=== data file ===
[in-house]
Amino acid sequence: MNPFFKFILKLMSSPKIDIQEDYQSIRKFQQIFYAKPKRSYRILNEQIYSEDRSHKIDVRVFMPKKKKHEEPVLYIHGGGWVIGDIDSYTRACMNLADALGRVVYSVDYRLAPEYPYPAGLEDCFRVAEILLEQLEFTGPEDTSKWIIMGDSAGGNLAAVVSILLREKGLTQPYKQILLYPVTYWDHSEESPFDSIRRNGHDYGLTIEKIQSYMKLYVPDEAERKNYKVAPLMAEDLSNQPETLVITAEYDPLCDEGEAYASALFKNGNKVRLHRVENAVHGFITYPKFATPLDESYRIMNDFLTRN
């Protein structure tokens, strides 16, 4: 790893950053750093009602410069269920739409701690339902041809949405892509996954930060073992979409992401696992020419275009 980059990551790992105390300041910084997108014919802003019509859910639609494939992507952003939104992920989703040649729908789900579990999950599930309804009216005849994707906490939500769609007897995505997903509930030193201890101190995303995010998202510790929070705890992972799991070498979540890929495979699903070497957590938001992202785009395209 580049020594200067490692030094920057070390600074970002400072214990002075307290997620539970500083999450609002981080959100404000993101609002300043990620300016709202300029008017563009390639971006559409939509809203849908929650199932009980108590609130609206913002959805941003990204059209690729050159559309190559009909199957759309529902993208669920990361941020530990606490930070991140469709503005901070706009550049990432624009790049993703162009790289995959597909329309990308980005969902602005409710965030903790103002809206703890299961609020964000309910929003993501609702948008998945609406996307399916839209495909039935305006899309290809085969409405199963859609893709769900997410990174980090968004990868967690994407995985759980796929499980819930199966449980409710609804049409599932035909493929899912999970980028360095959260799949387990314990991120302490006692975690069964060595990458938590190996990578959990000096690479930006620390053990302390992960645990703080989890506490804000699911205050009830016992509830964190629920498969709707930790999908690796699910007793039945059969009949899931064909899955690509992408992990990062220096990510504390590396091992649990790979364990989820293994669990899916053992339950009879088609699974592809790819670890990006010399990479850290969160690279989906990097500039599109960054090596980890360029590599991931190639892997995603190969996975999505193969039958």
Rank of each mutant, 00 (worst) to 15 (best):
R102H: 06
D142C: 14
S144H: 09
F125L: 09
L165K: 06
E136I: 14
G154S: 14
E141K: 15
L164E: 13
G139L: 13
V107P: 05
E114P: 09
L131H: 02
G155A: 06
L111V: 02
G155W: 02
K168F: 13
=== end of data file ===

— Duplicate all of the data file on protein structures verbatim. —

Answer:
[in-house]
Amino acid sequence: MNPFFKFILKLMSSPKIDIQEDYQSIRKFQQIFYAKPKRSYRILNEQIYSEDRSHKIDVRVFMPKKKKHEEPVLYIHGGGWVIGDIDSYTRACMNLADALGRVVYSVDYRLAPEYPYPAGLEDCFRVAEILLEQLEFTGPEDTSKWIIMGDSAGGNLAAVVSILLREKGLTQPYKQILLYPVTYWDHSEESPFDSIRRNGHDYGLTIEKIQSYMKLYVPDEAERKNYKVAPLMAEDLSNQPETLVITAEYDPLCDEGEAYASALFKNGNKVRLHRVENAVHGFITYPKFATPLDESYRIMNDFLTRN
């Protein structure tokens, strides 16, 4: 790893950053750093009602410069269920739409701690339902041809949405892509996954930060073992979409992401696992020419275009 980059990551790992105390300041910084997108014919802003019509859910639609494939992507952003939104992920989703040649729908789900579990999950599930309804009216005849994707906490939500769609007897995505997903509930030193201890101190995303995010998202510790929070705890992972799991070498979540890929495979699903070497957590938001992202785009395209 580049020594200067490692030094920057070390600074970002400072214990002075307290997620539970500083999450609002981080959100404000993101609002300043990620300016709202300029008017563009390639971006559409939509809203849908929650199932009980108590609130609206913002959805941003990204059209690729050159559309190559009909199957759309529902993208669920990361941020530990606490930070991140469709503005901070706009550049990432624009790049993703162009790289995959597909329309990308980005969902602005409710965030903790103002809206703890299961609020964000309910929003993501609702948008998945609406996307399916839209495909039935305006899309290809085969409405199963859609893709769900997410990174980090968004990868967690994407995985759980796929499980819930199966449980409710609804049409599932035909493929899912999970980028360095959260799949387990314990991120302490006692975690069964060595990458938590190996990578959990000096690479930006620390053990302390992960645990703080989890506490804000699911205050009830016992509830964190629920498969709707930790999908690796699910007793039945059969009949899931064909899955690509992408992990990062220096990510504390590396091992649990790979364990989820293994669990899916053992339950009879088609699974592809790819670890990006010399990479850290969160690279989906990097500039599109960054090596980890360029590599991931190639892997995603190969996975999505193969039958």
Rank of each mutant, 00 (worst) to 15 (best):
R102H: 06
D142C: 14
S144H: 09
F125L: 09
L165K: 06
E136I: 14
G154S: 14
E141K: 15
L164E: 13
G139L: 13
V107P: 05
E114P: 09
L131H: 02
G155A: 06
L111V: 02
G155W: 02
K168F: 13